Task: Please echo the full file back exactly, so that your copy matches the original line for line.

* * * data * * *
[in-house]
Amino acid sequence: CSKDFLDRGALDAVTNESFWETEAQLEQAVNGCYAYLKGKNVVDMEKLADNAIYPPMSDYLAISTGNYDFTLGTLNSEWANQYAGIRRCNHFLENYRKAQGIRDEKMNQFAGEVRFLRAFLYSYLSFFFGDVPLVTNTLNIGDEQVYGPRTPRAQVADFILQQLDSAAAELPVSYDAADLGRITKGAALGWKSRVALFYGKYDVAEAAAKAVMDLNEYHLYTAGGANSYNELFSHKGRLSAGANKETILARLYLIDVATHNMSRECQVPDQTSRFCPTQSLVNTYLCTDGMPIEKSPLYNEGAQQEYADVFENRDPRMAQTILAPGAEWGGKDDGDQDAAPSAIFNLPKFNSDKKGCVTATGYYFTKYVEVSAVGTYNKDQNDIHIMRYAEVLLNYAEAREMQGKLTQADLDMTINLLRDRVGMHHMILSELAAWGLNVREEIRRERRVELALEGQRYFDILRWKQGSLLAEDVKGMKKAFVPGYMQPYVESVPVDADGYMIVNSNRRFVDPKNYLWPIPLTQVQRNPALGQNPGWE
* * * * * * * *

[in-house]
Amino acid sequence: CSKDFLDRGALDAVTNESFWETEAQLEQAVNGCYAYLKGKNVVDMEKLADNAIYPPMSDYLAISTGNYDFTLGTLNSEWANQYAGIRRCNHFLENYRKAQGIRDEKMNQFAGEVRFLRAFLYSYLSFFFGDVPLVTNTLNIGDEQVYGPRTPRAQVADFILQQLDSAAAELPVSYDAADLGRITKGAALGWKSRVALFYGKYDVAEAAAKAVMDLNEYHLYTAGGANSYNELFSHKGRLSAGANKETILARLYLIDVATHNMSRECQVPDQTSRFCPTQSLVNTYLCTDGMPIEKSPLYNEGAQQEYADVFENRDPRMAQTILAPGAEWGGKDDGDQDAAPSAIFNLPKFNSDKKGCVTATGYYFTKYVEVSAVGTYNKDQNDIHIMRYAEVLLNYAEAREMQGKLTQADLDMTINLLRDRVGMHHMILSELAAWGLNVREEIRRERRVELALEGQRYFDILRWKQGSLLAEDVKGMKKAFVPGYMQPYVESVPVDADGYMIVNSNRRFVDPKNYLWPIPLTQVQRNPALGQNPGWE